Memory Loss

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Memory is often affected in patients with brain tumors. These changes may be caused by the tumor itself and/or by the surgery, radiation, and/or chemotherapy used to treat it. The effects on short-term memory appear to be more noticeable than those on long-term memory.


In talking about memory and memory processes, we use many different terms:

  • Short-term and Long-term: Short-term memory is where we store information we need to remember for just a few seconds or minutes. Long-term memory is for information that is stored for more than just a few minutes.
  • Encoding/Acquisition: The process by which information is gathered, organized, and processed for storage.
  • Consolidation: The process by which information is moved from short-term to long-term memory.
  • Retrieval: The process by which previously learned information is remembered or brought into awareness.


Cause

In a patient with a brain tumor, memory problems can be caused either by the tumor itself or the surgery, radiation, and/or chemotherapy used to treat it. Fatigue, which is common in patients with brain tumors, can make these issues even worse.


Management

Below are some suggestions which may help to improve memory:

  • Get plenty of sleep.
  • Eat regular, well balanced meals and drink plenty of liquids.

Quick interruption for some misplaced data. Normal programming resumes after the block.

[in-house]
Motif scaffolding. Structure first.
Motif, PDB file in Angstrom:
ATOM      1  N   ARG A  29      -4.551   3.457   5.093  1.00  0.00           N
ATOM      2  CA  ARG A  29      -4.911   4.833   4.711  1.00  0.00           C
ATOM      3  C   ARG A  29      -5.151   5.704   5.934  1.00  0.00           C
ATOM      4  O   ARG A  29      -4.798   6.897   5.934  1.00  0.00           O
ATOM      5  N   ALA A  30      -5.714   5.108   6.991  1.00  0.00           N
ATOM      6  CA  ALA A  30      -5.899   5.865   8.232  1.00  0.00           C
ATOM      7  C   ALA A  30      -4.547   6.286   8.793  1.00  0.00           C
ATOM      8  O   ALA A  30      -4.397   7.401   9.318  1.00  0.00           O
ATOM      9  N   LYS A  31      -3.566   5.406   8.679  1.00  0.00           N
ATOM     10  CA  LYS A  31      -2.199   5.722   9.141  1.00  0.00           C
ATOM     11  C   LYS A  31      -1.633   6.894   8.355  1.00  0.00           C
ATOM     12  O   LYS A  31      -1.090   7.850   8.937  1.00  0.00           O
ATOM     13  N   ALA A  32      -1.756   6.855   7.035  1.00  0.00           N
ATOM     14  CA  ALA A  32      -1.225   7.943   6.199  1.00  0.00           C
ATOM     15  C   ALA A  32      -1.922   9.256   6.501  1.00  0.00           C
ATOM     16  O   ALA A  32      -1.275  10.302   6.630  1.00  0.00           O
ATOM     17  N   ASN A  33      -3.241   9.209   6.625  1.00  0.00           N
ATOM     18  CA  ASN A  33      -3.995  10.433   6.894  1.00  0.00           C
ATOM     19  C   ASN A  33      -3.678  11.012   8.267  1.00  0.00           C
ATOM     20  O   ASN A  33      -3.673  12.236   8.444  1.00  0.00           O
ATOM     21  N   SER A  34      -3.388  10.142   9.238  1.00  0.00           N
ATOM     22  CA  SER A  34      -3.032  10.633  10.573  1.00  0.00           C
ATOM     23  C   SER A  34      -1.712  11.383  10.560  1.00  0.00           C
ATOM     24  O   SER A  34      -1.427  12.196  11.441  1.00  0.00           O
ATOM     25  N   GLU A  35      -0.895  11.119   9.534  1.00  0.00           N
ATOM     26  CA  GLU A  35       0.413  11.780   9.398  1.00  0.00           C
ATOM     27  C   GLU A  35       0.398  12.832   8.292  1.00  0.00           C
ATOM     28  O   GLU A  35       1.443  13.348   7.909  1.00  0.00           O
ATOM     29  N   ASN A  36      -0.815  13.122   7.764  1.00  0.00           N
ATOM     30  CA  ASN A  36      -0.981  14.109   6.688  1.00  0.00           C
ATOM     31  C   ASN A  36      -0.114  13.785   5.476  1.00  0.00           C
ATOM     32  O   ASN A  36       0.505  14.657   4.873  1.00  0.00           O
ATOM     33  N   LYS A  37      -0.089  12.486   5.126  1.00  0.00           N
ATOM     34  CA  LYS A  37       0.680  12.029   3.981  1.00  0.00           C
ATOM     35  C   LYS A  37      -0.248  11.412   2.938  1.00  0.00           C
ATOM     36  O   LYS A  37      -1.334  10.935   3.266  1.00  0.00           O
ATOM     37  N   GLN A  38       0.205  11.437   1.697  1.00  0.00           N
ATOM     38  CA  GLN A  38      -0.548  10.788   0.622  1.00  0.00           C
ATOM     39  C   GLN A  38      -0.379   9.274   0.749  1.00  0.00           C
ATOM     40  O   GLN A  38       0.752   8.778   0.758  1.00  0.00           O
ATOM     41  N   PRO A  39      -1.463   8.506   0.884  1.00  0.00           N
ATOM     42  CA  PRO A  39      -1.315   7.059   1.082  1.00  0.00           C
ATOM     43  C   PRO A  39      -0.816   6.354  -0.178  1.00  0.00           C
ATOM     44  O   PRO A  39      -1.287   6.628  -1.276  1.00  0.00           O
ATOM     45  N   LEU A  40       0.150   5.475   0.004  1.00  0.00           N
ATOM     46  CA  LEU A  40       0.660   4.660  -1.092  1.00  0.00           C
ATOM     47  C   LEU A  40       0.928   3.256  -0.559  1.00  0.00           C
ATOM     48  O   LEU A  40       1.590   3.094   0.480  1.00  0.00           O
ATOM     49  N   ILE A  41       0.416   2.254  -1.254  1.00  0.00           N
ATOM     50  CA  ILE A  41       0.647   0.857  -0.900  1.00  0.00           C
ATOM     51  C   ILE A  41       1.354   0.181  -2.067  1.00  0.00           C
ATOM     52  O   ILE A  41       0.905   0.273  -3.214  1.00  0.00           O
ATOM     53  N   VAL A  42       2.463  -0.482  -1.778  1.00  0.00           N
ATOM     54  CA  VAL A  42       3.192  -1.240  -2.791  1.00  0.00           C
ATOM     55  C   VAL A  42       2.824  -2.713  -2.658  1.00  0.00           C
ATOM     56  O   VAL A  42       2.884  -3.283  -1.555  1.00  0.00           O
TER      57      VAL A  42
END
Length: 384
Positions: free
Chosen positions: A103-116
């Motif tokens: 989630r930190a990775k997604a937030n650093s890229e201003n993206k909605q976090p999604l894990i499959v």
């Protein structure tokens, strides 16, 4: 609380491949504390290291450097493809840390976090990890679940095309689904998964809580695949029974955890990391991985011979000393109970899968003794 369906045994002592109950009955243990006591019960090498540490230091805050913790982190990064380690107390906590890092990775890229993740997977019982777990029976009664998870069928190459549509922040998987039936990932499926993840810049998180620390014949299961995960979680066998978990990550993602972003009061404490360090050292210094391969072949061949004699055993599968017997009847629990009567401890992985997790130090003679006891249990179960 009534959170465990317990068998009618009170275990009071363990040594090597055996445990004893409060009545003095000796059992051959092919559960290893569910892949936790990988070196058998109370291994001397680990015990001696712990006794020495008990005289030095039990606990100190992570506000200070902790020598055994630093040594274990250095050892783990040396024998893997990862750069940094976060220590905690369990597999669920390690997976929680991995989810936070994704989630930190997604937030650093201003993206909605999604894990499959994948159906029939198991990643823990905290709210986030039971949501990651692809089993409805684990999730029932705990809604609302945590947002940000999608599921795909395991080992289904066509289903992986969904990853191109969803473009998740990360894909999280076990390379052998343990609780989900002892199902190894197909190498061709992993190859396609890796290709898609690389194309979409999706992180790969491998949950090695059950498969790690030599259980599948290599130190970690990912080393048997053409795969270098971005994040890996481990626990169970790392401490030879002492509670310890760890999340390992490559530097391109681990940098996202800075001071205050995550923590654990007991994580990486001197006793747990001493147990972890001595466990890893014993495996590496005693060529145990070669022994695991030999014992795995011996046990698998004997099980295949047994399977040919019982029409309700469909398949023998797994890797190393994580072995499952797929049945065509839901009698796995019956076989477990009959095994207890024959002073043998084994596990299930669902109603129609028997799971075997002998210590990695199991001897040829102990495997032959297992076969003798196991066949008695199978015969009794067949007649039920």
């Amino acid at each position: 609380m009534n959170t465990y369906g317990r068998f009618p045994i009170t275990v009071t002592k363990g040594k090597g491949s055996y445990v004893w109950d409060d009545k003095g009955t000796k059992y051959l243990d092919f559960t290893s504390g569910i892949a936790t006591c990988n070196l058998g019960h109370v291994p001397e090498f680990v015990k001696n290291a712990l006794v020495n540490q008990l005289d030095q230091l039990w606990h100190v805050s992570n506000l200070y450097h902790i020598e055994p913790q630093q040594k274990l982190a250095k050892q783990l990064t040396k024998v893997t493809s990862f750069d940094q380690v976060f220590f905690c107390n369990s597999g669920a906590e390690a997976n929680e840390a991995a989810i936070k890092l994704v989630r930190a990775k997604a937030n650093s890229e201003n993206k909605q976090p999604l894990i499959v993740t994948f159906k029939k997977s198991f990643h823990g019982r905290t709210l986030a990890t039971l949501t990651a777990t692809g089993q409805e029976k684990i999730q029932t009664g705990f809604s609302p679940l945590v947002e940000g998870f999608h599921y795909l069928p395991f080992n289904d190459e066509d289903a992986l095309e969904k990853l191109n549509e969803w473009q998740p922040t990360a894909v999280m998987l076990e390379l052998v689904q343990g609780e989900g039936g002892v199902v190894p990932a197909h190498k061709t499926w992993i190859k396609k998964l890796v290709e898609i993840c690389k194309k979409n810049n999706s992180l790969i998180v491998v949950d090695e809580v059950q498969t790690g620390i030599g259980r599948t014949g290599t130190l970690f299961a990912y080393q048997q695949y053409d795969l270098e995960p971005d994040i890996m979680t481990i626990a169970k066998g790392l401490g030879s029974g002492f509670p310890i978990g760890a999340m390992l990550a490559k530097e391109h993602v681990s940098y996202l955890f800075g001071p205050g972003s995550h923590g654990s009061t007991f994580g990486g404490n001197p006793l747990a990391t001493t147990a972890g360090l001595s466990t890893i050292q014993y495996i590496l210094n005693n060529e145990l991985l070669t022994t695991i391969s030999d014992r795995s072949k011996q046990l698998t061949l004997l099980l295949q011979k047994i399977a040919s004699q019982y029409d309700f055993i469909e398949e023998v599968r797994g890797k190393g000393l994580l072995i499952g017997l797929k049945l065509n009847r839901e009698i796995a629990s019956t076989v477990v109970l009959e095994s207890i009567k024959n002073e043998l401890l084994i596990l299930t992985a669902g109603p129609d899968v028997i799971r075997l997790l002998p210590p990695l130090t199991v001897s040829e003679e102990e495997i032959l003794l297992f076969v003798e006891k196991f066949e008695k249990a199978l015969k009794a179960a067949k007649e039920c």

• Adjust your surroundings to enhance your attention span—some people perform better in a quiet, distraction-free environment, while others need more stimulation.

If you have problems with encoding/acquisition and consolidation:

  • Minimize distractions.
  • Focus on only one thing at a time, if possible.
  • If it’s important, repeat it. Even better, repeat it back in your own words.
  • Ask questions where appropriate; more information makes for better learning.
  • Try to associate the information with something meaningful to you.
  • Keep things as structured and organized as possible.

Designate a specific place to keep important things.

  • Arrange information under a common theme; “chunk” or group the information.
  • Make lists.
  • Use calendars, daily planners, electronic organizers.
  • Use a memory notebook.
  • Use Post-it notes.
  • Set alarm clocks/timers as reminders.

If you have problems with retrieval:

  • Use cues and reminders to help you remember.
  • Use an alarm clock/timer.
  • Use a memory notebook.
  • Use a daily planner.
  • If you are a visual learner:
  • Use written lists.
  • Visualize the information you want to remember (i.e., picture the story as it’s being told).
  • When you can, sketch it out.
  • If you are an aural (listening) learner:
  • Get the information verbally; if it’s a drawing or map, talk it out.
  • Read the information out loud (engaging more than one sense may help you remember).
  • Tape record important information.
  • Take notes.

The brain is not a muscle. However, the more active you are, the more connections you’ll build within it. Any activity you enjoy that stimulates the brain has the potential to be helpful—reading, writing, and crossword puzzles are good examples.

 

It is not unusual for brain tumor symptoms to change over time. Be sure to discuss any new symptoms or changes in existing symptoms with your doctor or nurse as soon as possible.

 

It is important to note that the information provided here is basic and does not take the place of an in-person assessment by a physician. If there is any question about the seriousness of memory loss or any other symptom experienced, please contact your doctor.